Construction Progress:

January 23, 2014

Today TWT delivered all the necessary materials (cement, iron bars, binding wire, nails, and a PVC pipe )  under the village partnership program  to Hanga Asianju with Benya the technician assigned to work with this community. Benya will work closely with community members who in turn will provide him with accommodation and food during the works.

January 30, 2014

Excavation works are going on well with the construction team reaching  5ft. Unfortunately, works had to be temporarily stopped as Benya the technician had a family issue to deal with away from the site. It is hoped that work will resume within the following week.

February 7, 2014

Works have resumed in Hanga Asianju this week with the delivery of the community contribution of materials ( a trip of sand and hardcore and 2000 bricks)  Currently this site has hit water at  12ft deep and  the community is very happy about this development and  has motivated them to work harder to successfully complete their work under Benya’s guidance.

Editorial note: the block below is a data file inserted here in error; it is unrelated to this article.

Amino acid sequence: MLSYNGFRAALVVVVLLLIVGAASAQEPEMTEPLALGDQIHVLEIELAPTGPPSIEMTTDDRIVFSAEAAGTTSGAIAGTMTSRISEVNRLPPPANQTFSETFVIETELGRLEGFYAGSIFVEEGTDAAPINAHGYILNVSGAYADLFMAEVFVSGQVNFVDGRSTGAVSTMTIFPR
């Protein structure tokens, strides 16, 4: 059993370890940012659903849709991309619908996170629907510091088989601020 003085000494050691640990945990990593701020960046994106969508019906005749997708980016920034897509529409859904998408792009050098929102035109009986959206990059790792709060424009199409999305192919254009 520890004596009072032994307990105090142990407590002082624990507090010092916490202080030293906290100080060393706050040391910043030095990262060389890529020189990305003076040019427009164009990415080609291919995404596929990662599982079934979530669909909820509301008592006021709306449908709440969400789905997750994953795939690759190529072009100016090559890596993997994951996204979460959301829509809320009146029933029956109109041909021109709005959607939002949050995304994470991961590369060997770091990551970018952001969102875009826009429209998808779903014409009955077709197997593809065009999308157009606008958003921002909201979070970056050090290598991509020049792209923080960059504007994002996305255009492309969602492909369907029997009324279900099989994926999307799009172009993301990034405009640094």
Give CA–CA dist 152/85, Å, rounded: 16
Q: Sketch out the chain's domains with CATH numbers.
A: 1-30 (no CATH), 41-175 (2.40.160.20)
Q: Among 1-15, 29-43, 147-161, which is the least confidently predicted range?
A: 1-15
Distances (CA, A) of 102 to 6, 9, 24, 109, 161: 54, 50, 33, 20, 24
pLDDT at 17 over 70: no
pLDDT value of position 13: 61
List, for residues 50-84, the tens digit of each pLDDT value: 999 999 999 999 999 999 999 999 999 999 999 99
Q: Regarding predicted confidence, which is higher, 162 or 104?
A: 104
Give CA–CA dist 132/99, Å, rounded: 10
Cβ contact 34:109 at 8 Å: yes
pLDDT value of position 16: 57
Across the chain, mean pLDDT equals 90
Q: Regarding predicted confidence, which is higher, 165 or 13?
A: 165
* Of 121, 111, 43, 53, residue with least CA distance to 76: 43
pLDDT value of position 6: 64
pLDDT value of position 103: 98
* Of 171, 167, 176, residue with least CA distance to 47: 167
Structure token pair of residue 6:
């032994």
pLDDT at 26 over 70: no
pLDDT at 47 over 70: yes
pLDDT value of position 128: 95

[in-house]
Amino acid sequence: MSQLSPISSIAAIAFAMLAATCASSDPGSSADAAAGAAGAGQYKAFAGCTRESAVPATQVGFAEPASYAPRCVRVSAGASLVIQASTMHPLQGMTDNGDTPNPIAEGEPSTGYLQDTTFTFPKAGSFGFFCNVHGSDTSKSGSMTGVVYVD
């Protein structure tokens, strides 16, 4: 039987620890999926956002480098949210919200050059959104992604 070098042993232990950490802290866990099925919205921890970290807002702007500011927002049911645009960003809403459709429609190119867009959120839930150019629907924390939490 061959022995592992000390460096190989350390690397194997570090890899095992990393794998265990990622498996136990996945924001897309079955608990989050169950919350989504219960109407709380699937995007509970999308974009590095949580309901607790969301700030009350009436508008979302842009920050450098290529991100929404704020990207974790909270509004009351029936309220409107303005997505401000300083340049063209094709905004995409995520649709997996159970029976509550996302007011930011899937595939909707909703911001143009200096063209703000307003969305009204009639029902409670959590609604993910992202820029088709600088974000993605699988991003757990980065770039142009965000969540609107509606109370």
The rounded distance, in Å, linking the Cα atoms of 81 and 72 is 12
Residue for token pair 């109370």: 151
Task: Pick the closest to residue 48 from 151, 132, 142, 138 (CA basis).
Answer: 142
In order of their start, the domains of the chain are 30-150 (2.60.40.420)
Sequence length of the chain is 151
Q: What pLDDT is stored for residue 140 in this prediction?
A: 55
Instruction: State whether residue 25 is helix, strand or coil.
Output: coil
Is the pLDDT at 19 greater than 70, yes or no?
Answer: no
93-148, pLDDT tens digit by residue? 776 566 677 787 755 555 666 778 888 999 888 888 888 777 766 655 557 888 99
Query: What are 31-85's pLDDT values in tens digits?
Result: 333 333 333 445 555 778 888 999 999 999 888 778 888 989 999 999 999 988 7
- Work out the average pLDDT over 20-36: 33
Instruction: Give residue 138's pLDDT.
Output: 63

February 14, 2014

At 18ft, excavation progress hit a bed rock and this is a very big challenge. The technical team has opted to measure recharge and if they find it good, they will stop excavation and start masonry work or else they have ti re-site and start all over again.

February 18, 2014

The recharge rate of this well has been measured and found to be good and the water column is 6ft. Masonry work has began and according to Mr. Kaggwa the technical head, this well will have no issues since the recharge is high regardless of a low water column.

February 20, 2014

All masonry work has been concluded and the well has been covered to allow it set before the pump can be installed. We shall keep you updated when any other development occurs.

March 5, 2014

Today the pump head was installed and the community is happy about this development. We took pictures to share with you below.

In addition to the new well, our partner in the field conducts training in sanitation and hygiene, including encouraging and helping the community install latrines which help prevent the spread of disease.

Sanitation and Hygiene Progress